Push notifications have proven to be an effective strategy for publishers moving forward. As shown with Mediahuis, by identifying what a specific audience will find interesting, publishers can personalise their push notification recommendations, which can drastically reduce the churn rate of subscribers while also achieving a CTR up to 10 times higher when compared to generic push notifications.
In a similar vein, newsletters also bring readers back to a main website or app, and they allow readers to assess the value they receive from brands in return for their clicks. By personalising newsletters to show relevant article recommendations or content types in a similar way, publishers increase the likelihood a reader will click back to their website while also reinforcing the idea that this newsletter contains valuable content. The moment a reader feels as though the newsletters they receive are no longer impactful, the chances of them opening decreases dramatically.
Mediahuis was keen to test this on its own newsletters and was able to consistently outperform the baseline CTR compared with popular brands by at least 15%, and outperform the baseline CTR for regional brands by 19% by using personalisation.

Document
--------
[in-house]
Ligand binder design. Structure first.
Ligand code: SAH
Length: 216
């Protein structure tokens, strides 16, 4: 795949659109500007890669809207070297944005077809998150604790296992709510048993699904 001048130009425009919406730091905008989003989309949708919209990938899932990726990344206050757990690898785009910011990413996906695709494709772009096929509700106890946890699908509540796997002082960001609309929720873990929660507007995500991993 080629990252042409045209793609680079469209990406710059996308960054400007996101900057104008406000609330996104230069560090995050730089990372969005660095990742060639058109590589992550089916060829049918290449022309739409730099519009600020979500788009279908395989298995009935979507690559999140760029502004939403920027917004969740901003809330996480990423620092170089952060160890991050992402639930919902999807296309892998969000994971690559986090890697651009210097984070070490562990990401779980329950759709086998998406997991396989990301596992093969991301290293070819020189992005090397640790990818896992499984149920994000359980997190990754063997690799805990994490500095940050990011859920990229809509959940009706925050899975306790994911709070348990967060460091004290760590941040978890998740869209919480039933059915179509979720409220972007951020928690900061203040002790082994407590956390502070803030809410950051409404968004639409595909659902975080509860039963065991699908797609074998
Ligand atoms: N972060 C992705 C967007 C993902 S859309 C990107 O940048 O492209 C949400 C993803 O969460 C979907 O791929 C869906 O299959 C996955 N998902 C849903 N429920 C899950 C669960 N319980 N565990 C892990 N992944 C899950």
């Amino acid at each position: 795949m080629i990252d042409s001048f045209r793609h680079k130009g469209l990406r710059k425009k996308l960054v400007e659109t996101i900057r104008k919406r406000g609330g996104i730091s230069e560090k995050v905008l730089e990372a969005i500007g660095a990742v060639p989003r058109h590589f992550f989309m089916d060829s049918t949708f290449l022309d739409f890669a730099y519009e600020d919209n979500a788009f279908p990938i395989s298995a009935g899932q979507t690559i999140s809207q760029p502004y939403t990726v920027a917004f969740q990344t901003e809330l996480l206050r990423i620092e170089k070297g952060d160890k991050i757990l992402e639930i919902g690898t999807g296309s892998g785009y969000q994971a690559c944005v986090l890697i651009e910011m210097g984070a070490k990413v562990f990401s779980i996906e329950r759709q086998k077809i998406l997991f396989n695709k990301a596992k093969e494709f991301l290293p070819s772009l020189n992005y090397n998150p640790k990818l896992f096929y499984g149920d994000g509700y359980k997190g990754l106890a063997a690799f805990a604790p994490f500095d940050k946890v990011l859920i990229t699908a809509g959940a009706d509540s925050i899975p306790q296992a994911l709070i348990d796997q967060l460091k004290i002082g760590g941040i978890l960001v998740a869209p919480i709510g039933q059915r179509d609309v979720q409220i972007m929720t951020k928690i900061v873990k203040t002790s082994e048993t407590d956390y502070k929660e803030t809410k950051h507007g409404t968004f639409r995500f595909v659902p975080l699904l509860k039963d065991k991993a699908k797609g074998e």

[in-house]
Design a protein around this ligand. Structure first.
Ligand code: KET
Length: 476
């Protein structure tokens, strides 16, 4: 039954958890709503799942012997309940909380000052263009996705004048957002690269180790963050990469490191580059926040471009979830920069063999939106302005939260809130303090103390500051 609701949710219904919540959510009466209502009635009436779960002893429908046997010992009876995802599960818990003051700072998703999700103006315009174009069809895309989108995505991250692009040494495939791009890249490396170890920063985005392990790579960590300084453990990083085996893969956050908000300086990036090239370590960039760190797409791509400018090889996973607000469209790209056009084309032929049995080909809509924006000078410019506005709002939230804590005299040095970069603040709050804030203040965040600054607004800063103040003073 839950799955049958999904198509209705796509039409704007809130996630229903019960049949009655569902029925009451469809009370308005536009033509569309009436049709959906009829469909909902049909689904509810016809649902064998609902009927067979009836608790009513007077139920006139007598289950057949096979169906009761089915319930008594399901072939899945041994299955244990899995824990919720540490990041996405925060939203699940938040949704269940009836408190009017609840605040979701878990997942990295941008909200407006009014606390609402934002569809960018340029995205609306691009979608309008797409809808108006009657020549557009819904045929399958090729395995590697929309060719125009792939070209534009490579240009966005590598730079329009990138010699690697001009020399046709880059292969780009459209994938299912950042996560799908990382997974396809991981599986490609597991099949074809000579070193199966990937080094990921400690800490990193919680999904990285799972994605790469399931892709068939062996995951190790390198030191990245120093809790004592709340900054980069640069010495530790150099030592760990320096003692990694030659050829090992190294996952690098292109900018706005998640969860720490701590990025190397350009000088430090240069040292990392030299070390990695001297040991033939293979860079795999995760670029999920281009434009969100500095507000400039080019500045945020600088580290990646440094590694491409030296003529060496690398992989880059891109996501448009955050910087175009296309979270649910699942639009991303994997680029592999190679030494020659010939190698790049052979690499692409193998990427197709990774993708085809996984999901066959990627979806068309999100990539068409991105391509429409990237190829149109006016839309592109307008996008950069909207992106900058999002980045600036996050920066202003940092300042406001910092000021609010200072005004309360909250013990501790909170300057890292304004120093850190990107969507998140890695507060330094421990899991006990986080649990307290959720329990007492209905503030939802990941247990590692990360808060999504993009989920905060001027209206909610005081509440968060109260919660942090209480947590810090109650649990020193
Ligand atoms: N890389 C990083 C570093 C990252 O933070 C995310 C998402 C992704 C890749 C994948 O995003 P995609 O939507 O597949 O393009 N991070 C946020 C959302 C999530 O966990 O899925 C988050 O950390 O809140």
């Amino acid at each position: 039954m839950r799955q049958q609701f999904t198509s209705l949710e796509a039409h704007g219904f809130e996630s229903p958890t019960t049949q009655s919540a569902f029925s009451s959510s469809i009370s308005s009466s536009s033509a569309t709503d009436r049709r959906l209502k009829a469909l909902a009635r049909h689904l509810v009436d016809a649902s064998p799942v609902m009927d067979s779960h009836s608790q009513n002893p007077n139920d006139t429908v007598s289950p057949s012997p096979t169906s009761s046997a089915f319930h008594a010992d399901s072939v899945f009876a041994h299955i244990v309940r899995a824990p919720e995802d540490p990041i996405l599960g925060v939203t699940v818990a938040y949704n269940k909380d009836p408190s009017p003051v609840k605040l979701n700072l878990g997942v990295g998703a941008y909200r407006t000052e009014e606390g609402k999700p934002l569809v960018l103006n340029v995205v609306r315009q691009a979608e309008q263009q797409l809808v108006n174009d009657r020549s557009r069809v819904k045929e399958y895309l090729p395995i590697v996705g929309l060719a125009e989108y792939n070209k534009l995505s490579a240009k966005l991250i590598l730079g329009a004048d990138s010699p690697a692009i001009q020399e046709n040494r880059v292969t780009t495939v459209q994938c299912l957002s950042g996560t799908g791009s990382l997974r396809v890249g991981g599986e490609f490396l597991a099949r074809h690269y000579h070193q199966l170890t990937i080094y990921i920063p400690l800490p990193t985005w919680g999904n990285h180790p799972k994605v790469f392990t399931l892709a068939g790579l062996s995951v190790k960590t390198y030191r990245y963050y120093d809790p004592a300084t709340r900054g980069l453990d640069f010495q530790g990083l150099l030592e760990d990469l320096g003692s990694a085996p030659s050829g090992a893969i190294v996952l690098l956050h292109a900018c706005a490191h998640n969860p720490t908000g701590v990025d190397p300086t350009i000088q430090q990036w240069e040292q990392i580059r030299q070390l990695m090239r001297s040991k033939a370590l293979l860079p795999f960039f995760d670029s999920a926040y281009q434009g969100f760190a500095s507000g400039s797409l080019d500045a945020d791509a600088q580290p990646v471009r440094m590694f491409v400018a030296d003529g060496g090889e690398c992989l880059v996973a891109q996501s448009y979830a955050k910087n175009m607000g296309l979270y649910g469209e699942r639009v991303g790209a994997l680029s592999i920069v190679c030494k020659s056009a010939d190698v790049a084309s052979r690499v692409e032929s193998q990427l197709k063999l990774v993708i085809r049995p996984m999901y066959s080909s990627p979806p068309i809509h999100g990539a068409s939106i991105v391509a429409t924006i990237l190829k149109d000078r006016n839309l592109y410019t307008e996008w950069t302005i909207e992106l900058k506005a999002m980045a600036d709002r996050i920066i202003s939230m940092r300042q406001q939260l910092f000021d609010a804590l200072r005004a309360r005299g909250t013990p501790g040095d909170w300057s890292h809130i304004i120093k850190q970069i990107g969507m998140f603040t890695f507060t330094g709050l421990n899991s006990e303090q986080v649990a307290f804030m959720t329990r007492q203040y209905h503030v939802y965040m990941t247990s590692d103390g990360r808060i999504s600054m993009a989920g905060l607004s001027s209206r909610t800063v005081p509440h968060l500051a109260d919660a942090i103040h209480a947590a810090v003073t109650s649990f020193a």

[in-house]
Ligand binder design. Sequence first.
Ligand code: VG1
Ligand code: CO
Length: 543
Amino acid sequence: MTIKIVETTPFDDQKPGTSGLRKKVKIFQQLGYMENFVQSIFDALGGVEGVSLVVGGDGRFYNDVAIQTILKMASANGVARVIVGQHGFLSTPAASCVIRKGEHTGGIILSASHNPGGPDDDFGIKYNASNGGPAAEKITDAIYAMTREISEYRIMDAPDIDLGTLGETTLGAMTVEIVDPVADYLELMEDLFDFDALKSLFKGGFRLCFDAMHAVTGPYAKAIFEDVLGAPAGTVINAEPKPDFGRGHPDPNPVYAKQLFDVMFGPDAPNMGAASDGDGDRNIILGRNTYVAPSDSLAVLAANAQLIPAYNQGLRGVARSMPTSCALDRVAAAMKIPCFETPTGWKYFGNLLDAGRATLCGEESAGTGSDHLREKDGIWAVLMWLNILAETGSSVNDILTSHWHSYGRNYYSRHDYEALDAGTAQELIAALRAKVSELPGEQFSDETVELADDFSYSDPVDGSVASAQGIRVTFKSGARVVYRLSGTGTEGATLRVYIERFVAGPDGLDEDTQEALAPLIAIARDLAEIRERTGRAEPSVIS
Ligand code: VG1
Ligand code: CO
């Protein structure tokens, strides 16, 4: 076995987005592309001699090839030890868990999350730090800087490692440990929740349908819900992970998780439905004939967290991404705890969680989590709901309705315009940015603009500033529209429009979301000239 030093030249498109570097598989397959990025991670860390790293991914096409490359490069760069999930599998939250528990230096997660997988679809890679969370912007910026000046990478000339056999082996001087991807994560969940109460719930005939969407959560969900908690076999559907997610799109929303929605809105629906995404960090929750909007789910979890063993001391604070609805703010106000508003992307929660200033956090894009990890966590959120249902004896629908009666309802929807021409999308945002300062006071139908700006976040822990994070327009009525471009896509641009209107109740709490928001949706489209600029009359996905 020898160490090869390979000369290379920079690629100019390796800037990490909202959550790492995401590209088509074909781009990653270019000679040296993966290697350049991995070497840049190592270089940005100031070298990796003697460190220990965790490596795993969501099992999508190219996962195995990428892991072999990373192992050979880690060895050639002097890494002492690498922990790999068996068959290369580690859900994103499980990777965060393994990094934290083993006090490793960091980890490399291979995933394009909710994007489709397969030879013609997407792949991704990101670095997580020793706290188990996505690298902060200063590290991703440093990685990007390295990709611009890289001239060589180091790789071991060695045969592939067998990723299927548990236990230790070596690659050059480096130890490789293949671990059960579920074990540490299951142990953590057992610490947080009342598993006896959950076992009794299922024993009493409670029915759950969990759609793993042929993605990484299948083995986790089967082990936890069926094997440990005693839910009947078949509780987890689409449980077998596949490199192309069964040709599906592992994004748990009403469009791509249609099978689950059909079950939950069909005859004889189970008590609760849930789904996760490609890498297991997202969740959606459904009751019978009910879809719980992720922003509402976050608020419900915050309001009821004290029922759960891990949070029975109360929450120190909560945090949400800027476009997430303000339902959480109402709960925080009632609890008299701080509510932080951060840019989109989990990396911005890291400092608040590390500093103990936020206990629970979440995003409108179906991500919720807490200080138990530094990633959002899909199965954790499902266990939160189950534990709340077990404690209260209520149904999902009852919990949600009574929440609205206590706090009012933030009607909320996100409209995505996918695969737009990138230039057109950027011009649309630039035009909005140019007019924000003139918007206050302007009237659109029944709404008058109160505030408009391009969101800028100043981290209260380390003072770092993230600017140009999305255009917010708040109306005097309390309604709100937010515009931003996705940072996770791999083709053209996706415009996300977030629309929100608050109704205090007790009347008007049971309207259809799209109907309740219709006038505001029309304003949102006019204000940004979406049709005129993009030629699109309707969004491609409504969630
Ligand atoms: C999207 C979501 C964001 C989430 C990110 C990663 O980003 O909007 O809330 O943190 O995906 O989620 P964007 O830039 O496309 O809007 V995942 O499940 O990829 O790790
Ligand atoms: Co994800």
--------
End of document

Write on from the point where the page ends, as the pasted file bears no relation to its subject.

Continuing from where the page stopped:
Where personalisation truly elevates the user journey is with their on-site experiences as a whole. Usually, this involves collecting first-party data from users on a registration form, and then using known user interests to display a variety of relevant content topics, ads, and even personalised messaging (like a welcome-back message). Displaying content that is similar to the user's current behaviours or recently viewed articles keeps them engaged and on-site.
Taking this further, publishers might consider using cross-device tracking to ensure every opportunity is optimised, making sure user behaviours are tracked everywhere (from smartphone to laptop, to tablet) so that their preferences are accurately collected and the best content is put forward each time.
One of many examples we have seen is De Telegraaf, which saw a 23% uplift in click-through rate (CTR) on its home page after using personalised article recommendations compared to manually curated content hand-picked by an editorial team.
With so many changes in the way readers are consuming content, it’s more important than ever for publishers to invest in technology that will help publishers reach these readers. By personalising content and using data to understand reader behaviour, publishers can create a better experience for their readers that will keep them coming back. Additionally, with subscription revenue becoming more crucial, investing in subscriber experience technologies that help with subscriber journeys and conversion is key.
Publishers who don't invest and keep up to date with emerging technologies may find themselves losing out on potential subscribers and revenue down the line, or struggling to keep up with the competition in the years to come.
This blog post was written in collaboration with Zephr.